Battery EVs take off in Thailand
Battery electric vehicles (BEVs) are becoming more popular with Thai motorists, beating other types of EVs that were previously thought to be better suited to the Thai market as concerns over charging facilities ease, says the Federation of Thai Industries (FTI).
From January to October this year, the number of newly registered plug-in hybrid EVs (PHEVs), which are powered by both electricity and oil, increased by 65.3% year-on-year to 9,691, compared with BEVs that skyrocketed by 231% to 15,258 from the same period in 2021, said the FTI, citing figures from the Department of Land Transport.
PHEVs were earlier viewed by some auto market analysts as having the potential to grow in the domestic market because of limited EV charging outlets, which are usually located in big cities, making consumers reluctant to buy BEVs.
The main concern was driving long distances without a charging facility.
"Now more EV infrastructure is being developed. That leads to more BEV purchases," said Surapong Paisitpatanapong, vice-chairman and spokesman for the FTI's Automotive Industry Club.
This trend pleased Deputy Prime Minister Supattanapong Punmeechaow as he is helping the government promote higher usage of EVs as a way to cut carbon dioxide emissions in Thailand.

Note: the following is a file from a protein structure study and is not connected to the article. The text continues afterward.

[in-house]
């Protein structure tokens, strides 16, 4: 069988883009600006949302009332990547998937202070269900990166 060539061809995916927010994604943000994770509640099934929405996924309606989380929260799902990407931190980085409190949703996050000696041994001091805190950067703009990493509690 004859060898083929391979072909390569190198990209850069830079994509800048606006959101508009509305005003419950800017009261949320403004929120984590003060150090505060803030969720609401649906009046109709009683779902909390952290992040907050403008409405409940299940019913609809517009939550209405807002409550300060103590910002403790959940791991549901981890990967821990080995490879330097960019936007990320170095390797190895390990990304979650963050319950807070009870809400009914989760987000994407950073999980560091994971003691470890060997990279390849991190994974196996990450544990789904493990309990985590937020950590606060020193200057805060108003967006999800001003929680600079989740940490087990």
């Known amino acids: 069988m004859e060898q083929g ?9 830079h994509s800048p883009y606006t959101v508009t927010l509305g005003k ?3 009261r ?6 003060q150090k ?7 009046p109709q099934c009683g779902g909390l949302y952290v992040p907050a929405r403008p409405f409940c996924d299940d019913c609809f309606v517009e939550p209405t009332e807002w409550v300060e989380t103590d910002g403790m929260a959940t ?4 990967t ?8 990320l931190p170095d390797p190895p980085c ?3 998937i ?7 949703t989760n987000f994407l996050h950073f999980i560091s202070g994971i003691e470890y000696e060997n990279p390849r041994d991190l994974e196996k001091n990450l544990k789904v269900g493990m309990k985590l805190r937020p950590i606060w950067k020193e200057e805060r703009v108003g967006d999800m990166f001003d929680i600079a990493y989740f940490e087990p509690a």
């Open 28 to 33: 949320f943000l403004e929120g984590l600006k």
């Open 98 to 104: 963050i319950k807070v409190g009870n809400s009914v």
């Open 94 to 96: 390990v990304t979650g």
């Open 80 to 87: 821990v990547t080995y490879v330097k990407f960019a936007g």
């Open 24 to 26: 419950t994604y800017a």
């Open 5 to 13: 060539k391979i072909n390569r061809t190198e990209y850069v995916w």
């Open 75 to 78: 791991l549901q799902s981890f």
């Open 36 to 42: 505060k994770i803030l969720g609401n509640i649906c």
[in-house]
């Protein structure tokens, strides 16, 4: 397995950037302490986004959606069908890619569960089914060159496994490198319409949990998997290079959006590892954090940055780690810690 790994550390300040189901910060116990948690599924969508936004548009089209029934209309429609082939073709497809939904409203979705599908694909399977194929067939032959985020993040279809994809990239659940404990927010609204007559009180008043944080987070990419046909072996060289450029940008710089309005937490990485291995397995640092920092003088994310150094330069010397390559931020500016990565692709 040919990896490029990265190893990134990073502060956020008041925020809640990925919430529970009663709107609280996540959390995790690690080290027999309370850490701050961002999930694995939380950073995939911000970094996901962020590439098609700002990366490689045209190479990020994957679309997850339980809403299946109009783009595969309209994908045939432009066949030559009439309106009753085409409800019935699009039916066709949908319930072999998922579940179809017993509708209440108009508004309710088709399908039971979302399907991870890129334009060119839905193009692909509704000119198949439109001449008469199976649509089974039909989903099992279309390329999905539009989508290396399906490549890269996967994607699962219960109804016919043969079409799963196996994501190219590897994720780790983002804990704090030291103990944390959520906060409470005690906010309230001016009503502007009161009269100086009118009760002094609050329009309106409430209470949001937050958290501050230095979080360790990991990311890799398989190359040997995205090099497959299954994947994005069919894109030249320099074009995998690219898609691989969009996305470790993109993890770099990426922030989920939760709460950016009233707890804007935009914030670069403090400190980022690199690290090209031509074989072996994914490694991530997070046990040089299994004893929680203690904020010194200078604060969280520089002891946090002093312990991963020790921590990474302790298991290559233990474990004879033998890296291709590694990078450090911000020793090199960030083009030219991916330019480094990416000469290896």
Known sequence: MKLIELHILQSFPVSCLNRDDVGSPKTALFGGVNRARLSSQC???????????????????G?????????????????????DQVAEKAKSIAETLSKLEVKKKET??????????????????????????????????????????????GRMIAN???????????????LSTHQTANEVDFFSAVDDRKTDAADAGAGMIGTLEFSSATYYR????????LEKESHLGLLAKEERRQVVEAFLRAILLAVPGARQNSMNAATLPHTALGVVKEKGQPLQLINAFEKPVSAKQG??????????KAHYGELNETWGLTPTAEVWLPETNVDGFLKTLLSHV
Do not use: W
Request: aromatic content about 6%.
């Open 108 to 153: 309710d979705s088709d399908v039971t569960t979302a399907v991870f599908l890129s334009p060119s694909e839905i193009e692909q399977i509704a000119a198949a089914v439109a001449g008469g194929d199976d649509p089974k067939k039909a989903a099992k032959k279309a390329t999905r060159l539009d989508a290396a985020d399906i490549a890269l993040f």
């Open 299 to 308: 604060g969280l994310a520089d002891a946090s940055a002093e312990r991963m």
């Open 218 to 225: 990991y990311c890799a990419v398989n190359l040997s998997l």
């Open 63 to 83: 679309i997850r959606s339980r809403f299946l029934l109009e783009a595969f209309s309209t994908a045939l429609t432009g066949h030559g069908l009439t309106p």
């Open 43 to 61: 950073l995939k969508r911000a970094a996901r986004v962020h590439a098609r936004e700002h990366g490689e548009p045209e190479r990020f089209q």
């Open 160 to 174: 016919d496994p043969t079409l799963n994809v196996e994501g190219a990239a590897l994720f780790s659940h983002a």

The increase in BEV numbers resulted from a number of factors, ranging from the availability of charging facilities to a two-year EV incentive package that was launched in February, said Mr Surapong.
The number of EV charging stations has increased to 869, with chargers tallying nearly 3,000 units, Mr Supattanapong told an earlier forum held by the Bangkok Post.
The business sector has been eager to increase the number of charging outlets. PTT Oil and Retail Business (OR) earlier announced plans to increase its tally of EV charging outlets to 450, up from 107, by the end of this year. The company aims to increase the number to 7,000 by 2030.
OR plans to develop EV charging facilities both inside and outside its petrol stations, while companies like Sharge Management, a provider of charging systems, said this year it would expand its EV charging business to housing and condo projects where construction was completed, but there was a lack of EV charging infrastructure.
According to the FTI, during the first 10 months this year the number of newly registered hybrid EVs (HEVs) increased by 78.3% year-on-year to 54,847.
Like PHEVs, HEVs run on both oil and electricity, but the latter cannot be plugged in to charge the battery, which is instead charged through regenerative braking and by the internal combustion engine.
The total number of HEVs on the road is still higher than BEVs.
"Don't forget we've produced and sold HEVs domestically for more than 10 years," said Mr Surapong.